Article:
Brexit back on the news as the pound rallied after Theresa May suggested that she is prepared to look at a delay if her deal is not accepted on the 12th or offer a vote on a no deal. Whichever side of the Brexit fence one sits on, it feels with every turn she makes it weakens her position to negotiate with Europe. Those who sit in the remainers camp within parliament do seem to be gaining the upper hand in the proceedings. Interesting article in Todays Telegraph from Yanis Varoufakis, an ex-Greece finance minister “Britain needs to stop playing the EU’s game and start taking a harder line on Brexit”. We have added the link to the article below. In summary, he believes having a deadline date is a mistake, as was agreeing to all the EU’s demands before they would start to negotiate. Unfortunately, Mrs May’s inability to win over the voters in the General Election has put her in an awkward position ever since trying to deliver Brexit.
Equity markets took a breather on Tuesday as the S&P 500 climbs closer to its all-time previous high, as we have enjoyed encouraging statements from the Fed and Chinese US trade negotiations. The underlying macro picture remains mixed. Looking ahead both those topics are now baked into equity prices, so it may be time for a pause. Jerome Powell headed to Capitol Hill on Tuesday for his two-day testimony. In his opening comments Mr Powell previous comments. Growth picture remains mixed. The US economic outlook is “favourable” while acknowledging growth in China and Europe has slowed. He reiterated his comments on the Fed now prepared to remain patient regarding policy changes. He also reiterated previous comments on balance sheet management. All in all, move along please nothing to see here.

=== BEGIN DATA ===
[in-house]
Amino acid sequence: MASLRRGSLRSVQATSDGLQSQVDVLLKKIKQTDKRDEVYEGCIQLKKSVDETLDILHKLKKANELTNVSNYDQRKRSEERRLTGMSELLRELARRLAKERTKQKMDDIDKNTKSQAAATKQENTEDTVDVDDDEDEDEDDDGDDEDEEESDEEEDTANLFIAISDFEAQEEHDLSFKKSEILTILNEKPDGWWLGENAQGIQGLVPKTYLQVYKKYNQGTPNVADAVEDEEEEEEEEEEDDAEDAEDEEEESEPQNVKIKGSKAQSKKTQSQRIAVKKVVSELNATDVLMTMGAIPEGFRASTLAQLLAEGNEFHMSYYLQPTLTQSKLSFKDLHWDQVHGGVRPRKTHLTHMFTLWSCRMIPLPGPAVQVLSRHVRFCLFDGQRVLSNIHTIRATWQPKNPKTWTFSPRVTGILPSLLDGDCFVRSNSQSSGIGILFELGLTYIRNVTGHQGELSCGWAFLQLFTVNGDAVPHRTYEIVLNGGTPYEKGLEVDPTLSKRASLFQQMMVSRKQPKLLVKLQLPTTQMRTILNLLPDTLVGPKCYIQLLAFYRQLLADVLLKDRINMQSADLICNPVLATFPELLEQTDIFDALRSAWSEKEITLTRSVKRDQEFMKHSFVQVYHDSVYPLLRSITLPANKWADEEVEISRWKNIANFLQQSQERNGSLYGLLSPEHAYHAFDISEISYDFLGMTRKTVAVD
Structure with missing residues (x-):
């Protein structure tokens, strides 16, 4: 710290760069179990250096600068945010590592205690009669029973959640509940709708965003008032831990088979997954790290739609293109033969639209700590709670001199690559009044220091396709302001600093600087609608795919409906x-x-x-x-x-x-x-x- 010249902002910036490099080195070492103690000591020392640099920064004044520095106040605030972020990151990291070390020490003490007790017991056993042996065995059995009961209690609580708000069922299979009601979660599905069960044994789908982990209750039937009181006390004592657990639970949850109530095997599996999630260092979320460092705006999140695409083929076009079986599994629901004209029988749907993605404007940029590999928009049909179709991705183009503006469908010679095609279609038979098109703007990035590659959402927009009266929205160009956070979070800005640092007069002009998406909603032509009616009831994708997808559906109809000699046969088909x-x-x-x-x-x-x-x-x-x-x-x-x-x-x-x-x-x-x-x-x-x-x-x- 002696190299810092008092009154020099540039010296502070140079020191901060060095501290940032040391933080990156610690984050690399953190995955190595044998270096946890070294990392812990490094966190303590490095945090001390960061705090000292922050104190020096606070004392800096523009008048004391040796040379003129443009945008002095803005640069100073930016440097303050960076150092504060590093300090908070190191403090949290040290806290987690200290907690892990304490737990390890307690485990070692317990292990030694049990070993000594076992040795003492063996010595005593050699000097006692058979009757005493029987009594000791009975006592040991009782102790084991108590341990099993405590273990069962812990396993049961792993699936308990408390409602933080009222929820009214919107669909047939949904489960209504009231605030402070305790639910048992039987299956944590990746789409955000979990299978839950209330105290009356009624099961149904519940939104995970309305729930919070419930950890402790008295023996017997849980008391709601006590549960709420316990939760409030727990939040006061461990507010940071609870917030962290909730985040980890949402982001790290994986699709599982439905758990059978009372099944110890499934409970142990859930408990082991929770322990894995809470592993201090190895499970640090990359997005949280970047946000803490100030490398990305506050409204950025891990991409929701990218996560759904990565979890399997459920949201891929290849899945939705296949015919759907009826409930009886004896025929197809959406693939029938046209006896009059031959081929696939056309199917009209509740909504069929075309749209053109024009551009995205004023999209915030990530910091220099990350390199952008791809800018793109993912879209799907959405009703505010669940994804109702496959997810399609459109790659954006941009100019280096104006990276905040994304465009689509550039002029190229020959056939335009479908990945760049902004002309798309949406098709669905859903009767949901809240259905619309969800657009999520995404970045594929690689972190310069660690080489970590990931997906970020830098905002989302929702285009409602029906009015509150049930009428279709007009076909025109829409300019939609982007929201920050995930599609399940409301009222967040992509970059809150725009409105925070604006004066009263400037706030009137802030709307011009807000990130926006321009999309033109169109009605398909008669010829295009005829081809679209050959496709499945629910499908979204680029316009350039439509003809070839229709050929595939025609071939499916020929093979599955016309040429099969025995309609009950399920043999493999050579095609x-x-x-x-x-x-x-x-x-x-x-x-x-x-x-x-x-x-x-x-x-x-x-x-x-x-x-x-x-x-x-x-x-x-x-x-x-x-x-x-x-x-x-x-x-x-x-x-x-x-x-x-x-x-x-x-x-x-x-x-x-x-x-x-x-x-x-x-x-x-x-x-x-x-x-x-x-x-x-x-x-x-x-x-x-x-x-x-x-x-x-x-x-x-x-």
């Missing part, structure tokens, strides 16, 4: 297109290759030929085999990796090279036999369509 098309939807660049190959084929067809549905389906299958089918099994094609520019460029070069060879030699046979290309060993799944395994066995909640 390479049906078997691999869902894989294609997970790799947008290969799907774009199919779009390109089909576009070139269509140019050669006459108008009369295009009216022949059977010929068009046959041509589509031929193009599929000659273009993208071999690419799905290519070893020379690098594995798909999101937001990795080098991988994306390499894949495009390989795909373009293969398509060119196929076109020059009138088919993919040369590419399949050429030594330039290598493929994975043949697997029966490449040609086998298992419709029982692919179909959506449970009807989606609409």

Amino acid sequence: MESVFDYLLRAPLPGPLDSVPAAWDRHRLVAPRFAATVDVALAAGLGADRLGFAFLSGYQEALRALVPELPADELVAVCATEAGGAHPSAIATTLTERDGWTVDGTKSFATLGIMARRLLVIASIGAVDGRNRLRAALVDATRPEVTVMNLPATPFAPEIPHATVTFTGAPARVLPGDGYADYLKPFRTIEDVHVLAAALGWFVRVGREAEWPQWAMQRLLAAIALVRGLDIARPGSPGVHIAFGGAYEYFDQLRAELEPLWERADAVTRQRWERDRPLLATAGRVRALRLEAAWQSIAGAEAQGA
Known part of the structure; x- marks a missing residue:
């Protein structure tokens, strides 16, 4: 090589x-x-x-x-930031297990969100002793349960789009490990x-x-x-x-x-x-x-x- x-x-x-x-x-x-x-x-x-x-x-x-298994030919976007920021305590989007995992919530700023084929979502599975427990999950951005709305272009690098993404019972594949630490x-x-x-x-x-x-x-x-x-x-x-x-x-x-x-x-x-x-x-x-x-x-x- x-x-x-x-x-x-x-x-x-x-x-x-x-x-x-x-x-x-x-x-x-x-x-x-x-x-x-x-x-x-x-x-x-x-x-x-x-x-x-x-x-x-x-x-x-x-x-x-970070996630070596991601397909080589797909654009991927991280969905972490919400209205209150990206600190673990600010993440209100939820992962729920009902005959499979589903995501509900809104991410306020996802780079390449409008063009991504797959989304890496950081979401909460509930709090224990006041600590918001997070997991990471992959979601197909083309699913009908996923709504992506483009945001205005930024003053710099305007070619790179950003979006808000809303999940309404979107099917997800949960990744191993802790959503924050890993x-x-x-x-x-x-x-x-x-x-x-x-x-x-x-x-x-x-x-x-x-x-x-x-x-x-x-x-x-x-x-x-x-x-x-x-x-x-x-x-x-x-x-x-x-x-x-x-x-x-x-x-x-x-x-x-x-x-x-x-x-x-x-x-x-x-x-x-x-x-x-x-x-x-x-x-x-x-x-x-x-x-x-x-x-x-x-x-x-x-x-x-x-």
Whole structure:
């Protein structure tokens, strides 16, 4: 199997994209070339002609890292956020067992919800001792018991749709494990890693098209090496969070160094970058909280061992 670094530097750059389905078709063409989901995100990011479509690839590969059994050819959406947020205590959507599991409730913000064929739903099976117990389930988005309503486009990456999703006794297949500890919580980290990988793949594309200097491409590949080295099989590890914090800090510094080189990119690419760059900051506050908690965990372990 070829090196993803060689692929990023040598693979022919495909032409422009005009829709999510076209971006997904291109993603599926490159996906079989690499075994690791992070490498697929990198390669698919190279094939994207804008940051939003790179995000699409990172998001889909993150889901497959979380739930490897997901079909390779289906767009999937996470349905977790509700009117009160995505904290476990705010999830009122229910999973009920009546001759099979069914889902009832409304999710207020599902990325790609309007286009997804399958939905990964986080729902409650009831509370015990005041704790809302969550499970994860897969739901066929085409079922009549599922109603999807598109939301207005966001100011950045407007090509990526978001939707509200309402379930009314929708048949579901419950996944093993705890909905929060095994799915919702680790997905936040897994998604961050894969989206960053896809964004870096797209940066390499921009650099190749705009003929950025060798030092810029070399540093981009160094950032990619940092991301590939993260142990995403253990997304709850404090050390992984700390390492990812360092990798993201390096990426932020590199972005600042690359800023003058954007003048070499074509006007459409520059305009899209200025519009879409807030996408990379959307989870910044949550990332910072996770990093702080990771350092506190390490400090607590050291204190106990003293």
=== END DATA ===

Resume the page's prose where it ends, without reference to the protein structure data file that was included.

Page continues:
One story, admittedly from a couple of weeks ago as Bank Santander missed the opportunity to call in some of its contingent-convertible bonds. These are bonds issued by banks that can be turned into equity should another 2008 style collapse occur, to reinforce their balance sheet. Some see this move as a suggestion that the market for European debt is riskier than it thought. That bank's balance sheets may not be as strong as the market is led to believe. Co-co’s as they are known to offer higher returns as they are considered riskier than other types of bond issuance and banks are not obliged to pay them back. However, it is seen to be in good faith to the market to do so.